Beautiful flowers are never eaten, says my grandmother, as she places a white flower at the photograph of her dead husband every morning—a tawgor, a rajnigandha, a gandharaj. I can only imagine how a pumpkin flower would have looked there, at the base of his photograph. When I offer a white rose, she tells me that Hindu gods don’t like foreign flowers, this while my mother and aunt sprinkle a few drops of rose water into a payesh for the bhog.

Like all children with no use for beauty, my childhood passed flowers by, only occasionally interrupted by my mother’s words in Bangla, “When I am no more, you will see mustard flowers with your eyes.”

Like all children with no use for absences, I never looked for grass-flowers below my toes, but only hunted for the malnourished hibiscuses called lankajaba, the ‘chilly-hibiscus’, which we sucked for an imagined sweetness until black ants swam on our tongues. For, as e e cummings knew, “Since the thing perhaps is to eat flowers and not to be afraid”.

(This story appears in the 08 June, 2012 issue of Forbes India. You can buy our tablet version from Magzter.com. To visit our Archives, click here.)

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  • Keka

    Sumana, loved reading this! beautifully written!

    on Dec 23, 2013
  • Mukta Chowdhury Nandi

    Yes,a lovely essay indeed.But this is contagious and spreads fast.Readers surely might have developed an urge to go active and experience every bit...I am no exception.After such a delight it becomes contemplative and a probability arises... Herbivorous or Carnivorous to Florivorous,but whatever the effect is..thanks for bringing such a magic out.Was that what you use the wand for???

    on Jun 9, 2012
  • Sheeba

    A sheer delight of an essay. Hopefully you will write about the extraordinariness of ordinary things in the future too. What\'s your twitter handle?

    on Jun 8, 2012
  • Dr.ratan Bhattacharjee

    After falling out of favor for many years, cooking and garnishing with flowers is back in vogue once again. Flower cookery has been traced back to Roman times, and to the Chinese, Middle Eastern, and Indian cultures. Edible flowers were especially popularin the Victorian era during Queen Victoria\'s reign.Flowers have been eaten all over the world since antiquity. They have been incorporated into traditional foods of numerous cultures. The Chinese have been using daylilies, lotus, and chrysanthemums in their cuisine for centuries. Romans used mallow, rose and violets, Italian and Hispanic cultures used stuffed squash blossoms, not forgetting the Asians who till today use rose petals liberally. During the Elizabethan era primroses were stewed and fondant was made of gillyflower. Queen Bess loved Lavender conserve. American colonists made violet vinegar, Oswego tea with bergamot flowers, and mutton broth with marigolds. Odysseus encountered the lotus-eating Sybarites on his way home from Troy. Charlemagne ordered his wine to be flavored with carnations. Chartreuse, a classic green liqueur developed in France in the seventeenth century, uses carnation petals as one of its secret ingredients. Dandelions and numerous other flowers were referred to in the Old Testament of the Bible. So eating flowers is nothing new!!! Today, many restaurant chefs and innovative home cooks garnish their entrees with flower blossoms for a touch of elegance. The secret to success when using edible flowers is to keep the dish simple, do not add to many other flavors that will over power the delicate taste of the flower. Today this nearly lost art is enjoying a revival. Eat flowers only when you are positive they are edible. If uncertain, consult a good reference book on edible flowers prior to consumption. If pesticides are necessary, use only those products labeled for use on edible crops. No flowers is safe to eat unless it was grown organically. Wash all flowers thoroughly before you eat them. Introduce flowers into your diet in small quantities one species at a time. Too much of a good thing may cause problems for your digestive system. Remove pistils and stamens from flowers before eating. Separate the flower petals from the rest of the flower just prior to use to keep wilting to a minimum. Eat only the flower petals for most flowers except pansies violas, and Johnny-jump-ups (in which they add flavor). If you have allergies, introduce edible flowers gradually, as they may aggravate some allergies.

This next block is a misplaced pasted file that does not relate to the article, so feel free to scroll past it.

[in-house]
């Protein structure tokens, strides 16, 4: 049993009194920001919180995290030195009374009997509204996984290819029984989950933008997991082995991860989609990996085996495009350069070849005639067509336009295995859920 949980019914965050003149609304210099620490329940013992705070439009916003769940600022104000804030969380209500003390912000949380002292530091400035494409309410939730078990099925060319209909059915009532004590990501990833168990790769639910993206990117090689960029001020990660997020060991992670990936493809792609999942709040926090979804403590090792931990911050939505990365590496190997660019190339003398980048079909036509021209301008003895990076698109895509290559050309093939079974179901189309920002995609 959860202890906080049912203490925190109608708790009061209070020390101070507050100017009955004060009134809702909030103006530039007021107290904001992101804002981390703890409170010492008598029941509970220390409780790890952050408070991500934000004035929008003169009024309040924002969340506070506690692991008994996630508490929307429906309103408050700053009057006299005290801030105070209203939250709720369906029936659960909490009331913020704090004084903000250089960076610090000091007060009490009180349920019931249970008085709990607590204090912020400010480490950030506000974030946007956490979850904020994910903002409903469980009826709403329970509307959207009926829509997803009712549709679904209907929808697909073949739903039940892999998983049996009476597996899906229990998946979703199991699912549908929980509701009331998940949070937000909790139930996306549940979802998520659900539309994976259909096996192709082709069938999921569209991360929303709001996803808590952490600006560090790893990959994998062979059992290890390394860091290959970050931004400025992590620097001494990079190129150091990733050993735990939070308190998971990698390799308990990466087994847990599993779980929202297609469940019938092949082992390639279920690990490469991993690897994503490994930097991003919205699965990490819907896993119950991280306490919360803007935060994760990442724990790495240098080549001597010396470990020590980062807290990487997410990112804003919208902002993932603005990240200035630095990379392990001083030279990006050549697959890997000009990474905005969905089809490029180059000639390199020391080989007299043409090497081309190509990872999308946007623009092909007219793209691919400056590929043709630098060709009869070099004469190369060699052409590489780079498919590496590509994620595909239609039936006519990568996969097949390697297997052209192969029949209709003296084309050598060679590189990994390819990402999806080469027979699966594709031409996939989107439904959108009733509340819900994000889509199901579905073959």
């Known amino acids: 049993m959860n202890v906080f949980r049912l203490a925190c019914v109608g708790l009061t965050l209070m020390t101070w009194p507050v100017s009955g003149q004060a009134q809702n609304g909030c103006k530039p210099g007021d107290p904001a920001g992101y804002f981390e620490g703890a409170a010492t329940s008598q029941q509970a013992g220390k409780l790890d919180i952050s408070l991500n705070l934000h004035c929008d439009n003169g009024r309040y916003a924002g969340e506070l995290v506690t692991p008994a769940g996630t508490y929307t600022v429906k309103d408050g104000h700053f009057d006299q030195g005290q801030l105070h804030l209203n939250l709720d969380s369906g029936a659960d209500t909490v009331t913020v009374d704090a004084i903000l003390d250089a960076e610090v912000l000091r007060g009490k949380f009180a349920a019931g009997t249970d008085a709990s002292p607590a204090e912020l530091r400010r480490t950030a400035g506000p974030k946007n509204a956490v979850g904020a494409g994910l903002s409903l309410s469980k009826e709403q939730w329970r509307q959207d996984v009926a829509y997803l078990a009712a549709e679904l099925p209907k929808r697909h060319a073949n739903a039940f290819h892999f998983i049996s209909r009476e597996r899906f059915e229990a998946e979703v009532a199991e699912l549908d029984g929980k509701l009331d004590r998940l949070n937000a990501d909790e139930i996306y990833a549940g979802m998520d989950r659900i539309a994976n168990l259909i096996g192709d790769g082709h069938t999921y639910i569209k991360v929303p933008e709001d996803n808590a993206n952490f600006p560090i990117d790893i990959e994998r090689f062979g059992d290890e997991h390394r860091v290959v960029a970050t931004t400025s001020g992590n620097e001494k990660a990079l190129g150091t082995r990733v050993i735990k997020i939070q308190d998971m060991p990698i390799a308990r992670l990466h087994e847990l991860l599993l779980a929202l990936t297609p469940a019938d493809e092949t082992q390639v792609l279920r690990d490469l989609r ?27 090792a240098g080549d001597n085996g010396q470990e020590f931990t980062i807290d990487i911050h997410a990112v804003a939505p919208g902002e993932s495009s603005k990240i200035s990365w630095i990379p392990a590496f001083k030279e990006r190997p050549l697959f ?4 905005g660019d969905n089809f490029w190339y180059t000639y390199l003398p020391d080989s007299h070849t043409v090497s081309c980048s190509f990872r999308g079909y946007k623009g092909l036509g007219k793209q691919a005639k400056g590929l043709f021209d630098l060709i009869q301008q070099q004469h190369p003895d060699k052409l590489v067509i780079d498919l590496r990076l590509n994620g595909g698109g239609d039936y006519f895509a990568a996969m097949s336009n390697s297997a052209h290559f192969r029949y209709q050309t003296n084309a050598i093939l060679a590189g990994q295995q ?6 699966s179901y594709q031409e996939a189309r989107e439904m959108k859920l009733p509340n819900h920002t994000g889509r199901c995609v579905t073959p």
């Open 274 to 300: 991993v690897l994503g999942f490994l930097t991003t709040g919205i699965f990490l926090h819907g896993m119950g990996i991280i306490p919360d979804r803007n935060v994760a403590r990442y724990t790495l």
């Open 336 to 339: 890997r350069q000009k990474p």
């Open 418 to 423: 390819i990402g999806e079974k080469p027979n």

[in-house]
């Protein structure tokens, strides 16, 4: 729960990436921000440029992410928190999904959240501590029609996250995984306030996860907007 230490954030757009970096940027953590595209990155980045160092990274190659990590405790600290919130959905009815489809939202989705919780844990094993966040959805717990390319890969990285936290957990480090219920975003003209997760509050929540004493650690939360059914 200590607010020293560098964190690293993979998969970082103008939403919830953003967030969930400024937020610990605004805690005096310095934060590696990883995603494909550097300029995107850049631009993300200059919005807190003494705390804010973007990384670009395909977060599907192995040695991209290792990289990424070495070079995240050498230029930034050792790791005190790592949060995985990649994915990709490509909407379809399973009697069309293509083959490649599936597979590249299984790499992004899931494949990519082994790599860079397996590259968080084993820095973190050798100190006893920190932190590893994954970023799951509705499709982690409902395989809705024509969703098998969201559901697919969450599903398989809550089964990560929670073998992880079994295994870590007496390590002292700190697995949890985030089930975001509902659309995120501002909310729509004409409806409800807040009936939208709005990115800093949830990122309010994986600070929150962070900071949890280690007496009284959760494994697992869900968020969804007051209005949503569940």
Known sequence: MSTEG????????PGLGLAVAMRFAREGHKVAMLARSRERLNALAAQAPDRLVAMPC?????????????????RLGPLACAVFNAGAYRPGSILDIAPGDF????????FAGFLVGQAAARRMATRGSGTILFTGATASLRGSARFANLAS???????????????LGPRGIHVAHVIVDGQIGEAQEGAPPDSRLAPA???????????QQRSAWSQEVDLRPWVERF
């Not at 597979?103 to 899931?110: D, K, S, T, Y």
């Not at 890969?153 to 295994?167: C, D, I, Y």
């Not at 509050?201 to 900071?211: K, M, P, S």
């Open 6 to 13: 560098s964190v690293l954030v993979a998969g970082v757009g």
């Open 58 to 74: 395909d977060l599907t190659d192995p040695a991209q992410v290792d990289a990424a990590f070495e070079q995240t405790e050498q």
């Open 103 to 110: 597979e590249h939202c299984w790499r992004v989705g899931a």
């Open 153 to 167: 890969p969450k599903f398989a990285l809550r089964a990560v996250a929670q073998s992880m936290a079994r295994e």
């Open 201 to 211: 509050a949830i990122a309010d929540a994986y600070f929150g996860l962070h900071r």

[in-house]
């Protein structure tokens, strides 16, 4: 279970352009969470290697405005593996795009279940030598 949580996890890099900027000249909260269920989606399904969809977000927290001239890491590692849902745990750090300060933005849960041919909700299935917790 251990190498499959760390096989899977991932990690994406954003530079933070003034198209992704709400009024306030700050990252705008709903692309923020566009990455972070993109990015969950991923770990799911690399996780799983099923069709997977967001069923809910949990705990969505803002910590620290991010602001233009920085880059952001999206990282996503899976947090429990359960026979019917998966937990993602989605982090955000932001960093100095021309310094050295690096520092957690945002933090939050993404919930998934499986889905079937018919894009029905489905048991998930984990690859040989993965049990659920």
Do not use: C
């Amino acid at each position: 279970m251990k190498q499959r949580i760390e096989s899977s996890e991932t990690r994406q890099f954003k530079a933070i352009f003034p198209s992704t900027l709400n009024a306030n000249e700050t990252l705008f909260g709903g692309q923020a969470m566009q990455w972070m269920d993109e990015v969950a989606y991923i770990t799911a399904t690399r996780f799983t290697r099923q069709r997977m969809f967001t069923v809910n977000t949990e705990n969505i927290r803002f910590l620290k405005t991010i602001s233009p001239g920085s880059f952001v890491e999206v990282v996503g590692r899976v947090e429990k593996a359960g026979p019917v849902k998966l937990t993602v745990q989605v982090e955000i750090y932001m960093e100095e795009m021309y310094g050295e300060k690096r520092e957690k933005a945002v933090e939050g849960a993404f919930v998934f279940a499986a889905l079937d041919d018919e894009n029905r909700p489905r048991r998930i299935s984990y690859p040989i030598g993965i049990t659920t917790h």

on Jun 8, 2012
  • Rohit Sen

    Such a lovely essay. Rare to find such beautiful writing and that too on such a subject.

    on Jun 7, 2012